Hazing In Oklahoma

It seems to me more and more that kids are having bullying problems at school. I’ve noticed in general that there has been a decline in common courtesy to one another since the pandemic begun. I don’t know if isolating ourselves has made it worse or if all the stress of life in a pandemic has made things harder but I’ve noticed people just seem to lose it more lately.

Oklahoma has many laws which address bullying in school. One of the most traditional “bullying” behaviors we think about is hazing. Hazing is a considered a criminal misdemeanor act punishable by up to 90 days in the county jail and a $500 fine if committed by an individual or a $1500 fine and loss of privileges of an organization or school for the period of one year if committed by a school or origination. Hazing is defined as “activity which recklessly or intentionally endangers the mental health or physical health or safety of a student for the purpose of initiation or admission into or affiliation with an” organization or school. Endangering physical health encompasses such things as brutal physical activities, forced consumption of food, alcohol or drugs. Endangering the mental health involves subjecting an individual to extreme mental stress such as prolong sleep deprivation, exclusion from social contact, extreme embarrassment or other behavior which would effect the mental health of the individual. Hazing can also confer civil liability on the parties involved if someone gets hurt.

When we typically think of hazing it is in regard to admissions to fraternities and sororities. It can also be related to gaining membership to a sports team or other group. Not long ago many of these behaviors were normalized as just part of the process but over time society has evolved to see the dangerousness of this behavior. Especially in a group setting, something that starts out without a mean intent can quickly devolve into something else.

As a practicing attorney I have been involved in 2 hazing suits. The first involved a young man in a fraternity who alleged he was hazed as part of the initiation into his fraternity. The second involved admission to a sports team in high school. Neither of these situations was good and both resulted in physical and mental injury.

The young man was a freshman at OSU and pledging a fraternity. OSU has one of the largest homecoming celebrations and touts its even as “America’s Greatest Homecoming Celebration.” One of the things it is well known for is the elaborate house decorations that are constructed each year by the fraternities and sororities.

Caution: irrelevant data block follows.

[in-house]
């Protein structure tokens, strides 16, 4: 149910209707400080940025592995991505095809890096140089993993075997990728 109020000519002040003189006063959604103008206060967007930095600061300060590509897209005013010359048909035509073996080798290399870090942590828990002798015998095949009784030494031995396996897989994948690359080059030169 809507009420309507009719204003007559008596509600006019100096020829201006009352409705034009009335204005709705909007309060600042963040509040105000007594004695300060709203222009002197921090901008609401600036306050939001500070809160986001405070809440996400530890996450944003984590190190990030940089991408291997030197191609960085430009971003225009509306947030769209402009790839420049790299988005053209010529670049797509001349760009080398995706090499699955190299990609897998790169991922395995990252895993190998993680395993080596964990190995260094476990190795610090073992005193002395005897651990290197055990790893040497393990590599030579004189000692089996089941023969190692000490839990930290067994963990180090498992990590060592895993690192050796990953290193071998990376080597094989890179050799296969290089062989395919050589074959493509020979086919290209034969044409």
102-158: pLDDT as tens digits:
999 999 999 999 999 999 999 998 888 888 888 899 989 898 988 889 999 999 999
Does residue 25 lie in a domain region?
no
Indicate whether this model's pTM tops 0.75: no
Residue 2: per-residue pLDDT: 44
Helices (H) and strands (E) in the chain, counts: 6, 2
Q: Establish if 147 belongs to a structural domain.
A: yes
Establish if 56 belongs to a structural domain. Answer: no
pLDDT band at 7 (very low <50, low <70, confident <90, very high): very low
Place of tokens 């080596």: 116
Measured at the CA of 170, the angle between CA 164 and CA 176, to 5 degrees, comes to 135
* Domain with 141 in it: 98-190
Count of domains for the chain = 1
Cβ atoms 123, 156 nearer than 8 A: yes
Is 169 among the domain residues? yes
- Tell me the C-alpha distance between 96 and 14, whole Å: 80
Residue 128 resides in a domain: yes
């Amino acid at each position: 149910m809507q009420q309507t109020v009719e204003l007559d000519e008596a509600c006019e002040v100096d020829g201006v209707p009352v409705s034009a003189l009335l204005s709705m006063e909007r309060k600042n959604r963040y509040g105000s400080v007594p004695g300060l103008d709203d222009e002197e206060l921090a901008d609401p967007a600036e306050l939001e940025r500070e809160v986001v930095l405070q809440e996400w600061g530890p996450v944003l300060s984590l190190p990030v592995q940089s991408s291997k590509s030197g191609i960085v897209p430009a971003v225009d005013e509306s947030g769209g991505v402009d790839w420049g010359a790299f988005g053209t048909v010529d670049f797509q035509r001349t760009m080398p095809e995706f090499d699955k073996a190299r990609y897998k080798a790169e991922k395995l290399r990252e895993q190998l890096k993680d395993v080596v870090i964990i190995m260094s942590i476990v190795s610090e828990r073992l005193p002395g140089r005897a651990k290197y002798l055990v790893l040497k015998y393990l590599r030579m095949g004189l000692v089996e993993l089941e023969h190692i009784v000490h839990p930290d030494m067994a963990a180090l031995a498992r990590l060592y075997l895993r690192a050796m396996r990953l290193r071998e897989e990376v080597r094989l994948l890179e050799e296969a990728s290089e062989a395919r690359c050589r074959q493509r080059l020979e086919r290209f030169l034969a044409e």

The house decorations involve welding a large metal structure together that is assembled on the lawn of the fraternity houses. Then the structure is covered with screens of chicken wire and “pomped” with tissue paper. It is the job of freshman pledges to spend hours and hours stuffing little squares of tissue paper into the chicken wires holes to make the designs come to life. After homecoming is over these massive structures have to be torn down and put away for next year.

In this case, the young man was allegedly instructed by one of his pledge brothers to go out and take down the house decorations at dusk without proper lighting. The young man alleged that he was given no choice and was forced to do it without proper lighting and equipment. Prior to the young man starting his work, someone else with the fraternity had cut or loosened the welds so that the structure was easier to disassemble. While he was working on the deconstruction a weld from somewhere near the top of the structure broke causing a metal pole to fall and strike him on the head. He ended up having a significant head injury and there was some debate about whether he suffered permanent damage.

No one was ever prosecuted criminally over the homecoming case but there was a lawsuit brought by the young man against the fraternity and the partner sorority. My job was to represent the sorority. Even though the sorority wasn’t involved with the act of telling the man to disassemble the house decoration, was not present when the actions occurred, and the structure was not on their property, they were sued because it was a joint endeavor. There was an attempt to place liability on both of them. The hazing aspect of it was used to argue that it was not just an ordinary negligence case but the kind of case that justified imposing punitive damages. Ultimately the case resolved but it was very instructive on how what on the surface may seem to be harmless activity can have serious long term consequences and that the behavior we’ve come to accept as normal may not be ok.

I handled this case very early on in my career as a corporate defense attorney. It is an example of the many ways that cases involving children and juveniles have been a part of my practice from early on. While the case discussed herein involved a college student, it could just as easily involved a high school student as my other hazing case did. The practice of “juvenile law” is not limited to guardianships, deprived or delinquent proceedings or adoptions. There are special rules that apply to representing children and their families in every area of law in Oklahoma. As a practicing trial attorney I have been involved in these kinds of case from the beginning of my career and will bring this wealth of knowledge and experience with me to the bench.


Hi, thanks for stopping by!

Rachel Bussett is an attorney with 19 years of experience. She is motivated and inspired to fight for kids and all Oklahomans. 

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